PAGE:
Oil by Any Other Name

Written By Nick Hodge

Posted March 28, 2011

Here it is:

World Energy Use by FuelThat’s the U.S. government’s energy forecast out to 2035.

It breaks down like this:



Natural Gas




Quadrillion BTU












In the forecast it says, “despite rising prices, use of liquid fuels increases by an average of 1.3 percent per year, or 45 percent overall from 2007 to 2035.”

If that’s true, we’ll need 110.6 million barrels per day.

Today, the world produces 89 million barrels per day.

Where’s the difference going to come from?

No Loaves and Fishes

Demand is already outstripping supply.

A quick trip to the International Energy Agency’s homepage will show you that:

Global Daily Oil Demand  Global Daily Oil Supply

It shows demand is hovering at the 90 mb/d mark, while supply has never reached that high.

When it comes to having enough oil, the world is already living paycheck to paycheck. We get by on the margin — the few million barrels already in the system, already at the refinery, or in your tank.

And as Peak Oil plays out, not many experts think we’ll be able to crest the 100 million barrel per day mark.

Here’s a chart I’ve shown you before:

Peak Oil CurvesSo I ask you again…

If world oil demand is to be 110.6 million barrels per day in 2035, and most experts believe production will never pass 100 million barrels per day…  

Where is the difference going to come from?

This isn’t rhetorical. If you plan on being alive then, you should be thinking about this.


Shakespeare Nailed It

Oil by any other name is still oil.

By now, it’s accepted that there will never be enough conventional crude oil to supply a thirsty and growing world. (I mean scientifically accepted — as in, there has been no overwhelming support of peer-reviewed evidence to the contrary, like with climate change and evolution.)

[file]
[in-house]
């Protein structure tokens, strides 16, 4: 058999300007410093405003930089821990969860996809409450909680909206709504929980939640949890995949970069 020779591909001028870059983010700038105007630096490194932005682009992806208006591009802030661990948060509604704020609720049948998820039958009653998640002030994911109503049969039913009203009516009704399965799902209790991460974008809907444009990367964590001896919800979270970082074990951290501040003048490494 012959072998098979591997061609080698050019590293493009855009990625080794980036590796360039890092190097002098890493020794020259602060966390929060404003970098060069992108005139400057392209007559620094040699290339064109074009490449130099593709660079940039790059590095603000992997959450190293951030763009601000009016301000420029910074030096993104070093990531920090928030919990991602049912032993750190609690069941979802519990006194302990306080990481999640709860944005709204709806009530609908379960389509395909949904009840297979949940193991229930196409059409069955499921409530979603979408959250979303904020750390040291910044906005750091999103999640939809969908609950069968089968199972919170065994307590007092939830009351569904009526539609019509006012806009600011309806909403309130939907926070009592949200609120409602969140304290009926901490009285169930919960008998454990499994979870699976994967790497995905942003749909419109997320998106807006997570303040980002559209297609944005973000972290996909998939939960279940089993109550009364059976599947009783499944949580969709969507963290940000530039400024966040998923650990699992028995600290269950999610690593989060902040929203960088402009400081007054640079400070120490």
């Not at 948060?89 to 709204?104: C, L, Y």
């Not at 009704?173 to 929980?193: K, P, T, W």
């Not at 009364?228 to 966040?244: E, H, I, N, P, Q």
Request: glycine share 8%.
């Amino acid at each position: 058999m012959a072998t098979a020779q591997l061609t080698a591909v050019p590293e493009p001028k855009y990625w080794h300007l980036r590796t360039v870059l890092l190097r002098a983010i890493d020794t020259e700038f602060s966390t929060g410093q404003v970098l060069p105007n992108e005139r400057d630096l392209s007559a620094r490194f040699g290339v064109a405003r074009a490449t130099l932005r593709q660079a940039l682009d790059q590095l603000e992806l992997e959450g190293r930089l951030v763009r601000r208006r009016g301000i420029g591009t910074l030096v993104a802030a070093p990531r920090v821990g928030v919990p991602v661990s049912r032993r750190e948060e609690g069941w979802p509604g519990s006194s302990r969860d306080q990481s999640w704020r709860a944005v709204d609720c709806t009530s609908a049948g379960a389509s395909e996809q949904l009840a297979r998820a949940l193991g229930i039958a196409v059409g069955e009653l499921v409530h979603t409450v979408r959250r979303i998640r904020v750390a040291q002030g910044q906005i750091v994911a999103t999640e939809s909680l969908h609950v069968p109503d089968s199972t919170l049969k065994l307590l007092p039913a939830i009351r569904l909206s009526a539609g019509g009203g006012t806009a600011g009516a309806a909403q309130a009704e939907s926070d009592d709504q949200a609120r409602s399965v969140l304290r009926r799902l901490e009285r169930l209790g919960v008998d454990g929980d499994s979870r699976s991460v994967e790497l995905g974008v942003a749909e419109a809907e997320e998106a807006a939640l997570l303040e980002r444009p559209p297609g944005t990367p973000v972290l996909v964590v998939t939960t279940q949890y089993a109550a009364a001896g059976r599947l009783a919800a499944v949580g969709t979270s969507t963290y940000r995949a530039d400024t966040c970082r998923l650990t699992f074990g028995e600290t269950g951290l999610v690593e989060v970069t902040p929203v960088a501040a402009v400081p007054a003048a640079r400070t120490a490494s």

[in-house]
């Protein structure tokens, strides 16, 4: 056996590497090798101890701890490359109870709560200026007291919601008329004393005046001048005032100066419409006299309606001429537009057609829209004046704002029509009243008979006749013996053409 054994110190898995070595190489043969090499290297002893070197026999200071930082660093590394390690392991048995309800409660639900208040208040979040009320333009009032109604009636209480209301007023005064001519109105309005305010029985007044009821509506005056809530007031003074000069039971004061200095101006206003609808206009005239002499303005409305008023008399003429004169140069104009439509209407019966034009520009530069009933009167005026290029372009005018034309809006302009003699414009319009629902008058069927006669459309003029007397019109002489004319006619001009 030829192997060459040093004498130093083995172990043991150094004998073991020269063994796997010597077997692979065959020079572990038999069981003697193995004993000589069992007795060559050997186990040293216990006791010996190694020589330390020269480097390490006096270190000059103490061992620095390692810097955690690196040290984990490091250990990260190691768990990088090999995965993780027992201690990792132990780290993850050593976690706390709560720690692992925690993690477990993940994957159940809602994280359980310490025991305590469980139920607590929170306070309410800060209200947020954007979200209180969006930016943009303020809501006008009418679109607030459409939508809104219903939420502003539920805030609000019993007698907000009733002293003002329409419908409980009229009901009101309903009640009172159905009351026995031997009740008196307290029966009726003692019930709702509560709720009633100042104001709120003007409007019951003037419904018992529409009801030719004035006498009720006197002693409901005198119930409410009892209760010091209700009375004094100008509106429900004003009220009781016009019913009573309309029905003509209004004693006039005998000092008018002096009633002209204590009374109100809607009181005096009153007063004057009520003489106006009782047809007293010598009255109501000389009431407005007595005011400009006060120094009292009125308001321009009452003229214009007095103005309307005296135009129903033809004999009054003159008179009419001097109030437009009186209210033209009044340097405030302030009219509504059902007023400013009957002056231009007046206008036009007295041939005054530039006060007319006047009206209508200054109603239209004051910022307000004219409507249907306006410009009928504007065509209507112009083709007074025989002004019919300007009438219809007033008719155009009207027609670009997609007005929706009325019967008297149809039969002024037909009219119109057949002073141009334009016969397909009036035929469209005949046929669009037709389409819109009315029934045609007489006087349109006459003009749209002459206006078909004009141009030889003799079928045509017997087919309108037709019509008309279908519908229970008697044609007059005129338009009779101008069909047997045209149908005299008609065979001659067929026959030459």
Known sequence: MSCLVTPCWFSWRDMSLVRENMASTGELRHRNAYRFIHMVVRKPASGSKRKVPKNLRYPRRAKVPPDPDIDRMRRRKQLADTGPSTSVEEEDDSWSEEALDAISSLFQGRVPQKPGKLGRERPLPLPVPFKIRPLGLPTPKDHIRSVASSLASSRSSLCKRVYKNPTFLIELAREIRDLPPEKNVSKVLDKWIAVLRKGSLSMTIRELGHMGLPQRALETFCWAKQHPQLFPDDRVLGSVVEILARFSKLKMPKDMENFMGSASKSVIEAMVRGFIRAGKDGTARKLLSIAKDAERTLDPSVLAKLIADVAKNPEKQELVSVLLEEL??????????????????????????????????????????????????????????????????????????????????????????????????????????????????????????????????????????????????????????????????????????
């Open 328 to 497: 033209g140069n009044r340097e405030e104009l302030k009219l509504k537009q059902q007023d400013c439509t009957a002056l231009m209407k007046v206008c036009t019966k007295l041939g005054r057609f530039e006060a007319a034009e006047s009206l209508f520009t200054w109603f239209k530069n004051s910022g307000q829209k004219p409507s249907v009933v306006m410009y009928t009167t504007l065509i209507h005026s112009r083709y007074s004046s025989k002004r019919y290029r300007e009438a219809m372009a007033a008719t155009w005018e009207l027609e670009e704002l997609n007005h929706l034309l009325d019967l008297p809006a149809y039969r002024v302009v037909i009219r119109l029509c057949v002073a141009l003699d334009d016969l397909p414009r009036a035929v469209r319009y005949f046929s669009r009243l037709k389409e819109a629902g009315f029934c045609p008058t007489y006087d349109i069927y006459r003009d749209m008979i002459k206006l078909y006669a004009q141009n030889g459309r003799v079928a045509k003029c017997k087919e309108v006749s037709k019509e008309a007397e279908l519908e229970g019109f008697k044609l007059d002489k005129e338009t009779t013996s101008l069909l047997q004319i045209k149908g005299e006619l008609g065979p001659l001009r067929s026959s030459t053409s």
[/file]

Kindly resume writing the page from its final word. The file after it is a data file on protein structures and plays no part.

But there are other sources that can be used in oil’s stead: oil sands, extra-heavy oil, biofuels, coal-to-liquids, gas-to-liquids, and shale oil.

These are what the Energy Information Administration calls “unconventional liquids”.

And it says production of them will rise to 12.9 million barrels per day by 2035, up from 3.4 million barrels per day — a 279% increase.

It also says, “Oil sands from Canada and biofuels, largely from Brazil and the United States, are the largest components of future unconventional production.”

Natural gas will also pick up some of the slack, with a “substantial increase in those supplies” coming from the U.S., Canada, and China.

I’ll let the experts explain why:

In the United States, one of the keys to increasing natural gas production has been advances in horizontal drilling and hydraulic fracturing technologies, which have made it possible to exploit the country’s vast shale gas resources. Rising estimates of shale gas resources have helped to increase total U.S. natural gas reserves by almost 50 percent over the past decade, and shale gas rises to 26 percent of U.S. natural gas production in 2035.

Tight gas, shale gas, and coalbed methane resources are even more important for the future of domestic natural gas supplies in Canada and China, where they account for 63 percent and 56 percent of total domestic production, respectively, in 2035.

Translation: Unconventional oil and natural gas will fill the gap left by dwindling crude oil production, and there’s a lot of both in the U.S. and Canada.

That’s as simple as I can make it from a macro perspective.

Sure, there will be an earthquake or an energy bill or a new discovery that may shift the long-term trajectory of the market by a degree or two.

But by and large, “oil” remains the world’s dominant fuel for decades…

Only it’s not the easy-to-get Saudi stuff; it’s sand, shale, and natural gas from untapped basins in the U.S. and Canada.

Call it like you see it,

Nick Hodge

Editor, Energy and Capital

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